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ASN Wikibase Occurrence # 177631
Last updated: 31 October 2019
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Date:07-JUL-2015
Time:11:00
Type:Silhouette image of generic F16 model; specific model in this crash may look slightly different
General Dynamics F-16CM Fighting Falcon
Owner/operator:United States Air Force
Registration: 96-0085
C/n / msn: 96-0085
Fatalities:Fatalities: 2 / Occupants: 2
Aircraft damage: Written off (damaged beyond repair)
Category:Accident
Location:Lewis Field Plantation in Moncks Corner, SC -   United States of America
Phase: En route
Nature:Military
Departure airport:Sumter, SC (SSC)
Destination airport:Sumter, SC (SSC)
Investigating agency: NTSB
Narrative:
The pilot of the F-16, who was operating on an instrument flight rules (IFR) flight plan, was in contact with air traffic control (ATC) and was provided radar vectors for a practice instrument approach to Charleston Air Force Base/International Airport (CHS), Charleston, South Carolina; the F-16 descended to an altitude of about 1,600 ft mean sea level as instructed by the air traffic controller. Shortly thereafter, the Cessna departed under visual flight rules (VFR) from a nearby nontowered airport; the Cessna pilot was not in contact with ATC, nor was he required to be, and had not requested traffic advisory (flight-following) services. As the Cessna continued its departure climb, the airplanes converged to within about 3.5 nautical miles (nm) laterally and 400 ft vertically, triggering a conflict alert (CA) on the controller's radar display and an aural alarm. About 3 seconds later, the air traffic controller issued a traffic advisory notifying the F-16 pilot of the position, distance, and indicated altitude of the radar target that corresponded to the Cessna, stating that the aircraft type was unknown. When the F-16 pilot replied that he was looking for the traffic, the controller issued a conditional instruction to the F-16 pilot to turn left if he did not see the airplane. The F-16 pilot did not see the airplane and responded, asking "confirm two miles?" The controller responded, "if you don't have that traffic in sight turn left heading 180 immediately." As the controller began this transmission, the F-16 pilot initiated a standard rate (approximately) left turn using the autopilot so that he could continue to visually search for the traffic; however, the airplanes continued to converge and eventually collided about 40 seconds after the controller's traffic advisory notifying the F-16 pilot of traffic. (Figure 1 in the factual report for this accident shows the calculated flight tracks for the Cessna and F-16.)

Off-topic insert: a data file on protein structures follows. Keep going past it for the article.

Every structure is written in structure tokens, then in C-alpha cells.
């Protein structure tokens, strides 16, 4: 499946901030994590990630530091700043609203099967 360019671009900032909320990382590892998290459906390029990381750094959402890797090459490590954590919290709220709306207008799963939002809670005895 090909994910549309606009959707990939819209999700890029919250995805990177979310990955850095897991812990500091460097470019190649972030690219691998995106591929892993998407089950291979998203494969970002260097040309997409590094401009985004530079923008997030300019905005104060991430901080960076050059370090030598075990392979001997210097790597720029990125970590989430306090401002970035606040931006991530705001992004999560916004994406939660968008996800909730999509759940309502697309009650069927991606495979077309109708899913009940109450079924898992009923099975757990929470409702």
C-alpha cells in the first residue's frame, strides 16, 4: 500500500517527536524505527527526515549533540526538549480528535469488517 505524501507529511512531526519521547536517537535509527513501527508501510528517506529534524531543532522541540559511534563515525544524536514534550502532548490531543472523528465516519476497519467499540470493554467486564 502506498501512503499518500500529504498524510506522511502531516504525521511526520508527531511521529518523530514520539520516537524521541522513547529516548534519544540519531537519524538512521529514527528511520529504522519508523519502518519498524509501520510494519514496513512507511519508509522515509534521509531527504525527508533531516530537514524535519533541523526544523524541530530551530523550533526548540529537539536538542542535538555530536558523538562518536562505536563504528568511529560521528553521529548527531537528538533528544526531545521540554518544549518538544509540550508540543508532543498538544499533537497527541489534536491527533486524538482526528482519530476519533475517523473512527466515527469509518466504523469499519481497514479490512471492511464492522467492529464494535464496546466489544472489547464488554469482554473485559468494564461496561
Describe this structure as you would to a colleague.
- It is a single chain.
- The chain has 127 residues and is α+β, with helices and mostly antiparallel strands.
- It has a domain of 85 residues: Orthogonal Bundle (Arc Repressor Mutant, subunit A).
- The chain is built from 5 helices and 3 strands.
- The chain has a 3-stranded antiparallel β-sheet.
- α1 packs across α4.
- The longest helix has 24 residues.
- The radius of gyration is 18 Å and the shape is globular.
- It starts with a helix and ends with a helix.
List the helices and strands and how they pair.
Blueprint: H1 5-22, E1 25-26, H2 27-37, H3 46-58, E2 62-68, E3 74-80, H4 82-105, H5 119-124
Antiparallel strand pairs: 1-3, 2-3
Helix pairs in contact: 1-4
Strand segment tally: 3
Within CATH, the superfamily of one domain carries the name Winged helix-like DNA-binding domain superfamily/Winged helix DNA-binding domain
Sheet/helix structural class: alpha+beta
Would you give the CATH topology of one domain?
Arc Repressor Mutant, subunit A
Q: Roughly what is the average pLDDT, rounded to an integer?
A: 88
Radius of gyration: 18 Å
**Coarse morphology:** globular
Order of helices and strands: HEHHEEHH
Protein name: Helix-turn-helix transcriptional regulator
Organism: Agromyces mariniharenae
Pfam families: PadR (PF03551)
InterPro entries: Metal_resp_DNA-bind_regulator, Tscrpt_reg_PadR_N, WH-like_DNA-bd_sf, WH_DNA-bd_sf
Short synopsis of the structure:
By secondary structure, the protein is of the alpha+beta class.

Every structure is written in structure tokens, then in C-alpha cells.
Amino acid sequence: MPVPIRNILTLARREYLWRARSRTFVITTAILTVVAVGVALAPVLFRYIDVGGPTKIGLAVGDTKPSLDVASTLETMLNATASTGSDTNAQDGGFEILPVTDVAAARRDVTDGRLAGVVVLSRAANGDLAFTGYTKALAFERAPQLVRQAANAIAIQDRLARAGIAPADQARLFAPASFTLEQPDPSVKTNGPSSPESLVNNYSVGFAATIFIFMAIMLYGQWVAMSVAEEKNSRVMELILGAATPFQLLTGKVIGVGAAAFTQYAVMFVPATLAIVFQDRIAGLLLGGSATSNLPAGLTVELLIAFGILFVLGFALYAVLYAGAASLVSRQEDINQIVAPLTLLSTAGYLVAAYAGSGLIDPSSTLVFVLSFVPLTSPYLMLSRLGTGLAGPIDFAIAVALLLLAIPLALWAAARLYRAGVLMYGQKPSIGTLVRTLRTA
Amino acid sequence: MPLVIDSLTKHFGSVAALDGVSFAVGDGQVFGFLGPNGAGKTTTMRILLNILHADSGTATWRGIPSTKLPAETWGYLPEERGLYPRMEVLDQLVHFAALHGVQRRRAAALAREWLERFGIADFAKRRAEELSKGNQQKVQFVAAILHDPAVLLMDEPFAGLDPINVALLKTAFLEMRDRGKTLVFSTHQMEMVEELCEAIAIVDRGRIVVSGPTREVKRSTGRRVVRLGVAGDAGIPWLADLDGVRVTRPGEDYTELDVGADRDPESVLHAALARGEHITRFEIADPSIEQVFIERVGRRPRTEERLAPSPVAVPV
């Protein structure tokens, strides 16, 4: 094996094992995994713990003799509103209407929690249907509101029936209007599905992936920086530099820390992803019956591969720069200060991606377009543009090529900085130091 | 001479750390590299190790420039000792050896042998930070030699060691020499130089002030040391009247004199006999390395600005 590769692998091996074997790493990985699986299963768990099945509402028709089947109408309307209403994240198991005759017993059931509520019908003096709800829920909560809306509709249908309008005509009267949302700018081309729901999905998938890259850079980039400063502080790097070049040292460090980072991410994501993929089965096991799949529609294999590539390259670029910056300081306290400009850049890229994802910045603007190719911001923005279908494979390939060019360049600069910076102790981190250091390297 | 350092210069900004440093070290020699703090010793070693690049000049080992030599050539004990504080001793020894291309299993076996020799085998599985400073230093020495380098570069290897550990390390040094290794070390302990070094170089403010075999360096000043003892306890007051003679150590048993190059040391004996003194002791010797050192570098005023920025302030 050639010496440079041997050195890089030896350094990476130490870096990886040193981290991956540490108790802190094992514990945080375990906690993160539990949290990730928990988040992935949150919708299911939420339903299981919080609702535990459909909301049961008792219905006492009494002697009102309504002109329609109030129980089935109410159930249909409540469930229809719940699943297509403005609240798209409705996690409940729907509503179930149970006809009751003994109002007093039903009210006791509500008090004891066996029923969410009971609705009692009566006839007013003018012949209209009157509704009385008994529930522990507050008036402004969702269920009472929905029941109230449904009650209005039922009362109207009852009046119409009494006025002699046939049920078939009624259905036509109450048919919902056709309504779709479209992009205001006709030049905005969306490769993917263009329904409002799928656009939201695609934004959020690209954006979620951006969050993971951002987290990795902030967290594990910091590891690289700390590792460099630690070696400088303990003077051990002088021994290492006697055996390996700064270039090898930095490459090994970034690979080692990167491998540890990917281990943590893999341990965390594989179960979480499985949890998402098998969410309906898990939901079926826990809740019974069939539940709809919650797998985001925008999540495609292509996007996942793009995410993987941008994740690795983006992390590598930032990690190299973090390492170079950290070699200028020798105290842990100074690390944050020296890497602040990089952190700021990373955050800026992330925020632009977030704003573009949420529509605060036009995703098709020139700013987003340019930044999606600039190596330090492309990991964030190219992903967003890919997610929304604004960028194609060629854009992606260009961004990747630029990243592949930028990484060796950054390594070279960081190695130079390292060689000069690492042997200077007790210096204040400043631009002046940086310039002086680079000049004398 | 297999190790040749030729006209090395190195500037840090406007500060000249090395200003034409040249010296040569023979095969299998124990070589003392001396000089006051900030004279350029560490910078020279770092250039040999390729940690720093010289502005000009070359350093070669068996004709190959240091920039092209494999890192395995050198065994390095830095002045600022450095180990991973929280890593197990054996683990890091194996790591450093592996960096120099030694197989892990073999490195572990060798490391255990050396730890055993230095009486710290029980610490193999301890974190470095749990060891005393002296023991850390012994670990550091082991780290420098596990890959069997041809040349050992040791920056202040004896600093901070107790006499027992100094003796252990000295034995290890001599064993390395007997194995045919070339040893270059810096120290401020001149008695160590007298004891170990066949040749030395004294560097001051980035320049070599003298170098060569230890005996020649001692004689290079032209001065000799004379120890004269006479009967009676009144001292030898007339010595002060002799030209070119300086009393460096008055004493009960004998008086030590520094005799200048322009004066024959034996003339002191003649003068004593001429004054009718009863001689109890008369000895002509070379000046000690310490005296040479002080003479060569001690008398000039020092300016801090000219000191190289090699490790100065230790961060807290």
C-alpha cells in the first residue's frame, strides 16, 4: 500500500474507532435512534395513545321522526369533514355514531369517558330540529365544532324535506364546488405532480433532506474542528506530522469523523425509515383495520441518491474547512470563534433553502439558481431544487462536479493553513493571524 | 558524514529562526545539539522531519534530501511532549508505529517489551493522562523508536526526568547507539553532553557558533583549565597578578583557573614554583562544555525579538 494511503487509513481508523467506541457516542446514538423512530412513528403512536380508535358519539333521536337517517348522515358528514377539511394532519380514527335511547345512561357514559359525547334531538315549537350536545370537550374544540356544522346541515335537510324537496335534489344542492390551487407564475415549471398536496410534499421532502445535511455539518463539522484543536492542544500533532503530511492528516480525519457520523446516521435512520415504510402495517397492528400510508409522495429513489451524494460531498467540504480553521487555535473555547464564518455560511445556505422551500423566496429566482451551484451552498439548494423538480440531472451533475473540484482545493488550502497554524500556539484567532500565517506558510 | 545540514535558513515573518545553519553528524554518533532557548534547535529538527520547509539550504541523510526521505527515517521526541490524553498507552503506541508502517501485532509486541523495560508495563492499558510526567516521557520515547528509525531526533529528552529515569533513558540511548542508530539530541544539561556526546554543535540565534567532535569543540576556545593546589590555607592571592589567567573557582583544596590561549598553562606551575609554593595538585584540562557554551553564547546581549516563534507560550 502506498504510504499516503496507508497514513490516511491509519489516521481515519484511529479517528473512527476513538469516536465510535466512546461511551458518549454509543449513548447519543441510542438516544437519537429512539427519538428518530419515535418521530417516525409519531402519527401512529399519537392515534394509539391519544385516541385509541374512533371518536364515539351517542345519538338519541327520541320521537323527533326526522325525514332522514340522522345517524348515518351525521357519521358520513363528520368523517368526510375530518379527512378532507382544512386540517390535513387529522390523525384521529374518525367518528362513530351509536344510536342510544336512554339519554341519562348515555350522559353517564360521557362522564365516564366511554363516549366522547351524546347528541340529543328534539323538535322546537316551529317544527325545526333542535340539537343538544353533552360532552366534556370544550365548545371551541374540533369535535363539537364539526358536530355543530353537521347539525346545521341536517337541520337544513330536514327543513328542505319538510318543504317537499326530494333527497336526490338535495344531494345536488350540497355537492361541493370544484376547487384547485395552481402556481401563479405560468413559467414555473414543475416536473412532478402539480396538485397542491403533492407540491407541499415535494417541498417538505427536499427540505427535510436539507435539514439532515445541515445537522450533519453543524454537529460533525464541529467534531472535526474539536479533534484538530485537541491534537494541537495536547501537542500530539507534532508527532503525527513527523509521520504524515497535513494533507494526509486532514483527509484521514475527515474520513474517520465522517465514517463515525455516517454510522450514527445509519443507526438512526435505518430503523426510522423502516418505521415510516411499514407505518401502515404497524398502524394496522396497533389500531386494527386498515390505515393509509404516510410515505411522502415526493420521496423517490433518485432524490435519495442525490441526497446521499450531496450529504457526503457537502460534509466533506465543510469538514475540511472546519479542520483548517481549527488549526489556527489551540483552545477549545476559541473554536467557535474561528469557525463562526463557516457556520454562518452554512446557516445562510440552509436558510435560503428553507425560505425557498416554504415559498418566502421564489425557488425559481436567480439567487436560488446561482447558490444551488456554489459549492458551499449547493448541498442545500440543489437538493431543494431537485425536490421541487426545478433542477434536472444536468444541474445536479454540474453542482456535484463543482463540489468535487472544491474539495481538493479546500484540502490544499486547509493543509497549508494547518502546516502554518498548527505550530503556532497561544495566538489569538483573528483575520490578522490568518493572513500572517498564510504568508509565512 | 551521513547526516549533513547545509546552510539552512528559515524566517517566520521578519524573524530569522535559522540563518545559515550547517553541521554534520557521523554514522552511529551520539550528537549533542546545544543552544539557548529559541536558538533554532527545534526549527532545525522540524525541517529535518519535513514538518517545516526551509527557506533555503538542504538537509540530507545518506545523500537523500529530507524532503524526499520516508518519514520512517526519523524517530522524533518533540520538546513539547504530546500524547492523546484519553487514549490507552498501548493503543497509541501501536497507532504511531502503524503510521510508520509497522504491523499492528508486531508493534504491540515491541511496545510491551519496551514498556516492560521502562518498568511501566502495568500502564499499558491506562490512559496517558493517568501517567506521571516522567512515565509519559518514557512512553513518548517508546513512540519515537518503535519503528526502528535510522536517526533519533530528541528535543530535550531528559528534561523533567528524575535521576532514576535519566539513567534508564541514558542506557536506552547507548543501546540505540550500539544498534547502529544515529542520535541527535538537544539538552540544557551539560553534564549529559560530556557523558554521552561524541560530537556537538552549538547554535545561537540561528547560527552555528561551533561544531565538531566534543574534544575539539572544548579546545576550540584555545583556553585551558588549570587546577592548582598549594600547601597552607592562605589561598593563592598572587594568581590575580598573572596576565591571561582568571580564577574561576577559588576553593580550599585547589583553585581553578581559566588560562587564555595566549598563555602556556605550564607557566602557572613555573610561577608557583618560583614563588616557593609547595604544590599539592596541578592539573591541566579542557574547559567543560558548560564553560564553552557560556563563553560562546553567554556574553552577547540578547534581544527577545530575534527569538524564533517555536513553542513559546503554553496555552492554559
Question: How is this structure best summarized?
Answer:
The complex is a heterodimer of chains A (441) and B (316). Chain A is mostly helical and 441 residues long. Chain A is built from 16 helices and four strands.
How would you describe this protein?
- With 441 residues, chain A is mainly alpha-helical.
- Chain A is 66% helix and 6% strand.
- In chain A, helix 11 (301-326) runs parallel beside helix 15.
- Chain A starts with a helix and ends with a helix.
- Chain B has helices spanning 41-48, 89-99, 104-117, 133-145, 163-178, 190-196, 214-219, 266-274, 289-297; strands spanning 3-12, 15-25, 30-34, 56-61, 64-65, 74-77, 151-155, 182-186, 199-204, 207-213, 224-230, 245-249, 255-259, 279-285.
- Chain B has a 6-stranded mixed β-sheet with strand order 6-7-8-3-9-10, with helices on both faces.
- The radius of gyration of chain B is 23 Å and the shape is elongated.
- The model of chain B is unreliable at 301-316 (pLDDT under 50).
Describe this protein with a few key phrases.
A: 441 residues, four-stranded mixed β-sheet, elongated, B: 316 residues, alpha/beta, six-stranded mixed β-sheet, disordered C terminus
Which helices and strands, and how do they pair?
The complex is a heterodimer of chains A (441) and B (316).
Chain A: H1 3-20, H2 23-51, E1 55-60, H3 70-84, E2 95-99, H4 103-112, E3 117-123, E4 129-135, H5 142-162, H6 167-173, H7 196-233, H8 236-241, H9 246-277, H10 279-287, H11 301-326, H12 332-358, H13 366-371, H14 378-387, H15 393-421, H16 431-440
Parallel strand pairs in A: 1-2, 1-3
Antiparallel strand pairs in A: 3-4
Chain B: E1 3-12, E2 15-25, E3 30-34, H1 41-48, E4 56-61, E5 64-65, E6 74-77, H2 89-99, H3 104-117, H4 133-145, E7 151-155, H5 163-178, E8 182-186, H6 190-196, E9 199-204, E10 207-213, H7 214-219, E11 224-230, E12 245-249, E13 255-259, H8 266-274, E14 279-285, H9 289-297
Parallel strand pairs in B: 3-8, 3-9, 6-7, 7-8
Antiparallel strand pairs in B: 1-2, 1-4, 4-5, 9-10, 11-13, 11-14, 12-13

Air Traffic Controller and F-16 Pilot Performance